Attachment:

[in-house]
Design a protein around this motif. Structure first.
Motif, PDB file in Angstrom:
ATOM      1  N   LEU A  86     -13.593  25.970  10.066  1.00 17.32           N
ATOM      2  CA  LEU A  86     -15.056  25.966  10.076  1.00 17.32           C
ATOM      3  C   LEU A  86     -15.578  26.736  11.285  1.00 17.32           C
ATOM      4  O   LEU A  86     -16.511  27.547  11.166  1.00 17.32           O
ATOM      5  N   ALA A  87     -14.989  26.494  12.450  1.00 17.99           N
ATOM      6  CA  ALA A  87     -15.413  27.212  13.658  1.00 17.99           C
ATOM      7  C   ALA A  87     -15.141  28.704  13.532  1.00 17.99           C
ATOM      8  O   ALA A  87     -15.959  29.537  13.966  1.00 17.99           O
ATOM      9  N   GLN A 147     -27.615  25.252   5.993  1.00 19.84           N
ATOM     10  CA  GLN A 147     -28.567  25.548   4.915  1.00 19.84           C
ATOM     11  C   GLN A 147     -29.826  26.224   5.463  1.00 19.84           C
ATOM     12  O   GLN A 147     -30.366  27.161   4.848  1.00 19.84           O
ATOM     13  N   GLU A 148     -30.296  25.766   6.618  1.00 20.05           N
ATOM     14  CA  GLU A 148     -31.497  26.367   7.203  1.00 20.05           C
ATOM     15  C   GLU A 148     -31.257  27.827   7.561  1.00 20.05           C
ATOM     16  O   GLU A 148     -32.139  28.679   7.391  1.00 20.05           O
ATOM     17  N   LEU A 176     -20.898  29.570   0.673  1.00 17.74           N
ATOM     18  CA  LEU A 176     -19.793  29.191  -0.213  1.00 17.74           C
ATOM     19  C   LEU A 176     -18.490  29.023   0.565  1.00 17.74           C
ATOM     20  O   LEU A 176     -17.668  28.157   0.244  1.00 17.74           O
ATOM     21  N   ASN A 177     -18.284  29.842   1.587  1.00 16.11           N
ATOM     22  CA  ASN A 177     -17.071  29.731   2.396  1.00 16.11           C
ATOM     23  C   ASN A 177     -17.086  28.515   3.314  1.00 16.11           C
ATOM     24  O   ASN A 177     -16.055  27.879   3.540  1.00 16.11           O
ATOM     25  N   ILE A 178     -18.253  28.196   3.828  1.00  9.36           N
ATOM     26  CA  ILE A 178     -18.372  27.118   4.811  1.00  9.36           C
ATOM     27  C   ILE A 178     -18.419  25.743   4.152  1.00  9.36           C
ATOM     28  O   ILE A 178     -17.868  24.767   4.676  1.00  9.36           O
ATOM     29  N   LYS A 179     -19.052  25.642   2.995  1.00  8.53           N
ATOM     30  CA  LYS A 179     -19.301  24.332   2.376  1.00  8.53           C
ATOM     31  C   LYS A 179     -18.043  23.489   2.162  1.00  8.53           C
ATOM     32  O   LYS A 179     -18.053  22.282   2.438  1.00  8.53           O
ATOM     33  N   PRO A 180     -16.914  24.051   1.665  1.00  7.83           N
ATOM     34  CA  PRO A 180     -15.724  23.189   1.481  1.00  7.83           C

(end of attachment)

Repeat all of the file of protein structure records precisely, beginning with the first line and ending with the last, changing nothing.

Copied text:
[in-house]
Design a protein around this motif. Structure first.
Motif, PDB file in Angstrom:
ATOM      1  N   LEU A  86     -13.593  25.970  10.066  1.00 17.32           N
ATOM      2  CA  LEU A  86     -15.056  25.966  10.076  1.00 17.32           C
ATOM      3  C   LEU A  86     -15.578  26.736  11.285  1.00 17.32           C
ATOM      4  O   LEU A  86     -16.511  27.547  11.166  1.00 17.32           O
ATOM      5  N   ALA A  87     -14.989  26.494  12.450  1.00 17.99           N
ATOM      6  CA  ALA A  87     -15.413  27.212  13.658  1.00 17.99           C
ATOM      7  C   ALA A  87     -15.141  28.704  13.532  1.00 17.99           C
ATOM      8  O   ALA A  87     -15.959  29.537  13.966  1.00 17.99           O
ATOM      9  N   GLN A 147     -27.615  25.252   5.993  1.00 19.84           N
ATOM     10  CA  GLN A 147     -28.567  25.548   4.915  1.00 19.84           C
ATOM     11  C   GLN A 147     -29.826  26.224   5.463  1.00 19.84           C
ATOM     12  O   GLN A 147     -30.366  27.161   4.848  1.00 19.84           O
ATOM     13  N   GLU A 148     -30.296  25.766   6.618  1.00 20.05           N
ATOM     14  CA  GLU A 148     -31.497  26.367   7.203  1.00 20.05           C
ATOM     15  C   GLU A 148     -31.257  27.827   7.561  1.00 20.05           C
ATOM     16  O   GLU A 148     -32.139  28.679   7.391  1.00 20.05           O
ATOM     17  N   LEU A 176     -20.898  29.570   0.673  1.00 17.74           N
ATOM     18  CA  LEU A 176     -19.793  29.191  -0.213  1.00 17.74           C
ATOM     19  C   LEU A 176     -18.490  29.023   0.565  1.00 17.74           C
ATOM     20  O   LEU A 176     -17.668  28.157   0.244  1.00 17.74           O
ATOM     21  N   ASN A 177     -18.284  29.842   1.587  1.00 16.11           N
ATOM     22  CA  ASN A 177     -17.071  29.731   2.396  1.00 16.11           C
ATOM     23  C   ASN A 177     -17.086  28.515   3.314  1.00 16.11           C
ATOM     24  O   ASN A 177     -16.055  27.879   3.540  1.00 16.11           O
ATOM     25  N   ILE A 178     -18.253  28.196   3.828  1.00  9.36           N
ATOM     26  CA  ILE A 178     -18.372  27.118   4.811  1.00  9.36           C
ATOM     27  C   ILE A 178     -18.419  25.743   4.152  1.00  9.36           C
ATOM     28  O   ILE A 178     -17.868  24.767   4.676  1.00  9.36           O
ATOM     29  N   LYS A 179     -19.052  25.642   2.995  1.00  8.53           N
ATOM     30  CA  LYS A 179     -19.301  24.332   2.376  1.00  8.53           C
ATOM     31  C   LYS A 179     -18.043  23.489   2.162  1.00  8.53           C
ATOM     32  O   LYS A 179     -18.053  22.282   2.438  1.00  8.53           O
ATOM     33  N   PRO A 180     -16.914  24.051   1.665  1.00  7.83           N
ATOM     34  CA  PRO A 180     -15.724  23.189   1.481  1.00  7.83           C